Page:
Speaker Trevor Mallard drops isolation rules for MPs returning to Parliament

As a result the Prime Minister is making plans to visit Auckland next week.
As a result the Prime Minister is making plans to visit Auckland next week. Photo credit: Image - RNZ

BY Katie Scotcher for RNZ

Prime Minister Jacinda Ardern is making plans to travel to Auckland early next week.

Parliament Speaker Trevor Mallard has this evening dropped strict rules, requiring MPs in alert level 3 areas to isolate for five days before returning to Parliament.

The decision was made in response to feedback from political parties.

MPs must still test negative for Covid-19 within 72 hours of leaving the level 3 area and travelling to the Capital.

In a statement, Ardern confirmed she was looking to travel to the Auckland region for the first time since the start of the Delta outbreak.

"With the Speaker removing the rule that was a barrier to me heading to Auckland, I'm now making plans to get there early next week."

Opposition parties have criticised Ardern for not travelling to Auckland sooner, saying she could not understand what they were experiencing without visiting.

"I'll expect Jacinda Ardern will be on one of the first planes from Wellington to Auckland, no excuses now, it wasn't much of an excuse before but there's absolutely none now," National Leader Judith Collins says.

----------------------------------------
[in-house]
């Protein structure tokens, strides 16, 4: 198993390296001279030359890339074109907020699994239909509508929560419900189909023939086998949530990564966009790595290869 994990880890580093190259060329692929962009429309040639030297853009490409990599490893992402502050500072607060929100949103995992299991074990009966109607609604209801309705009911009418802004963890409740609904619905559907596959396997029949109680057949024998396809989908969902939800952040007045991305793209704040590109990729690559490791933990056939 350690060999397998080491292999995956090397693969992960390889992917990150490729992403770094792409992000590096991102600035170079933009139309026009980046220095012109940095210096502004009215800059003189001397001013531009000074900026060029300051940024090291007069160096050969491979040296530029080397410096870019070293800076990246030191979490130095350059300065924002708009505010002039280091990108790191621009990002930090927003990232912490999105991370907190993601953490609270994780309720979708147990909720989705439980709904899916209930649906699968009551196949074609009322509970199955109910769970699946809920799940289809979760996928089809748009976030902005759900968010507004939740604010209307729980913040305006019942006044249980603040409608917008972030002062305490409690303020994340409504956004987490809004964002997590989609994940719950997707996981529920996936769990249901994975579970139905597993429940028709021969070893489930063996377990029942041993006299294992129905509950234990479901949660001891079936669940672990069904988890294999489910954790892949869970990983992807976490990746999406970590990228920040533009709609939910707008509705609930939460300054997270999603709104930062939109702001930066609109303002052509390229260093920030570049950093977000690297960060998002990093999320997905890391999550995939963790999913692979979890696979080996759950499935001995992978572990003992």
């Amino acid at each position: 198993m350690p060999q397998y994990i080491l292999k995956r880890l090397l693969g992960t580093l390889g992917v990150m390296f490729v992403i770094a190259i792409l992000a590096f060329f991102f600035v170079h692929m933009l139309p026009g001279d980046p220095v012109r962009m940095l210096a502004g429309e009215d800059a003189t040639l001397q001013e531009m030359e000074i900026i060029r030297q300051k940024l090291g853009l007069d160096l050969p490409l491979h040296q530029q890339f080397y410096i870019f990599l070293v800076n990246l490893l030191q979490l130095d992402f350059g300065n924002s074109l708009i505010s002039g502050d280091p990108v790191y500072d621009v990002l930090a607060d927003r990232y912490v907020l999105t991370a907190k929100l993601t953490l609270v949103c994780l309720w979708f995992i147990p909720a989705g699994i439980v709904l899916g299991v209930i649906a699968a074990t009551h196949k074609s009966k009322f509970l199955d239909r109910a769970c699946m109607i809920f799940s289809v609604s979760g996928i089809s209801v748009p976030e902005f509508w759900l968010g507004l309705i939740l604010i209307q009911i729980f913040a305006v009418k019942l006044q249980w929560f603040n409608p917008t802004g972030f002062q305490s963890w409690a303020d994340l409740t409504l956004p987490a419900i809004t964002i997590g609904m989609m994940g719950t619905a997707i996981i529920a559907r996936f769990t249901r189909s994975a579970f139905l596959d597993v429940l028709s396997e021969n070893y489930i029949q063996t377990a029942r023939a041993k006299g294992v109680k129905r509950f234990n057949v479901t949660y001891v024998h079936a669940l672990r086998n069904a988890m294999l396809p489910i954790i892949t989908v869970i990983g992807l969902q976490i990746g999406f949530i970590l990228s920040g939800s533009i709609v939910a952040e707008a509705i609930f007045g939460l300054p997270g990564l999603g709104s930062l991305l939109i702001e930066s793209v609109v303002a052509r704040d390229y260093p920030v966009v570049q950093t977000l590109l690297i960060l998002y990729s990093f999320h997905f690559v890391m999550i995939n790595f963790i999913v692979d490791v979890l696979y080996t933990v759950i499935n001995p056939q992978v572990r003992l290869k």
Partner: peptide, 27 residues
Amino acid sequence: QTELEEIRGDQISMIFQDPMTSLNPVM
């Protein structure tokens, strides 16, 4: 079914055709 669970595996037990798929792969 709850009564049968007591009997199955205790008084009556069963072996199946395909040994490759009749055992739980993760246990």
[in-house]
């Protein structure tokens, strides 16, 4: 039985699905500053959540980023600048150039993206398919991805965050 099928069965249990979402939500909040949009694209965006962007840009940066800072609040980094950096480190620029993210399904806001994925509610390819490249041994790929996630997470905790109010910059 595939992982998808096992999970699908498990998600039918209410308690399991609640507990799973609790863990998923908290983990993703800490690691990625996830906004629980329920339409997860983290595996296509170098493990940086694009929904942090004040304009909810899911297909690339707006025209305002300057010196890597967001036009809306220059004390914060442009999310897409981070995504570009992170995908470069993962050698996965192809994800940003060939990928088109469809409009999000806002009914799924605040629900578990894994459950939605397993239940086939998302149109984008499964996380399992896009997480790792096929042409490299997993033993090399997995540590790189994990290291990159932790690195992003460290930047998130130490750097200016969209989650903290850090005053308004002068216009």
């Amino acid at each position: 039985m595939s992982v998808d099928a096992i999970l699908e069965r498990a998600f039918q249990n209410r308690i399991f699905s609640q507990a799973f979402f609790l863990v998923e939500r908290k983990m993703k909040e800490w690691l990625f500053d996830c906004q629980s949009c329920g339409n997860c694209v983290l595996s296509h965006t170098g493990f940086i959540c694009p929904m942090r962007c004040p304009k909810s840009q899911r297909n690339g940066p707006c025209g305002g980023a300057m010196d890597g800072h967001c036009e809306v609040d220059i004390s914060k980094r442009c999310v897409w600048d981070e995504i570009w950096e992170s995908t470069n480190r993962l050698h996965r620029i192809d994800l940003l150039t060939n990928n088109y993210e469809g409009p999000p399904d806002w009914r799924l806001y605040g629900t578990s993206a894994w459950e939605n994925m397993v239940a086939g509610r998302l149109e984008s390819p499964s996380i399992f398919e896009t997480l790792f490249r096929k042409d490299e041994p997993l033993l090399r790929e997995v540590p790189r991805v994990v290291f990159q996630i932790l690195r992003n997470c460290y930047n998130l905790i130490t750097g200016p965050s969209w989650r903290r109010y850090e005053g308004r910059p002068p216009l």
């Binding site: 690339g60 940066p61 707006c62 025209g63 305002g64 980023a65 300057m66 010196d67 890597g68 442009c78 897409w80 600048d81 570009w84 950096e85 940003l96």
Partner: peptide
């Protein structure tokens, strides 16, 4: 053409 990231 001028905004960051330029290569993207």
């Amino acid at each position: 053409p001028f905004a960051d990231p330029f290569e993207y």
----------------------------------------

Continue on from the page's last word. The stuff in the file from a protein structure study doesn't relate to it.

Collins says she is happy with the rule change, as her MPs will be able to return to Parliament.

"Very pleased that we can get back to some form of normality, otherwise some of our MPs probably wouldn't have been back in Parliament before Christmas and they're all getting paid, they all want to work, they are all working as best they can but they do need to get out."

Act leader David Seymour, who has been isolating after visiting Auckland last week, says the changes mean he gets to leave his home a day early.

"It doesn't make an enormous difference but I guess I could possibly go to McDonalds."

It is essential Ardern visits Auckland, Seymour says, to "see, hear and feel what Aucklanders are experiencing".

Mallard has also asked the Parliamentary Service to investigate making rapid antigen testing available at Parliament for staff.

Seymour wrote to Mallard earlier today asking for the tests to be rolled out to reduce the chance of an outbreak.

"A greater danger is spread of Covid from Parliament to the wider public. It is difficult to imagine a worse institution for spreading a virus than Parliament. People perfectly evenly distributed around the country come together and shout in the same room and then fly home each week," Seymour said.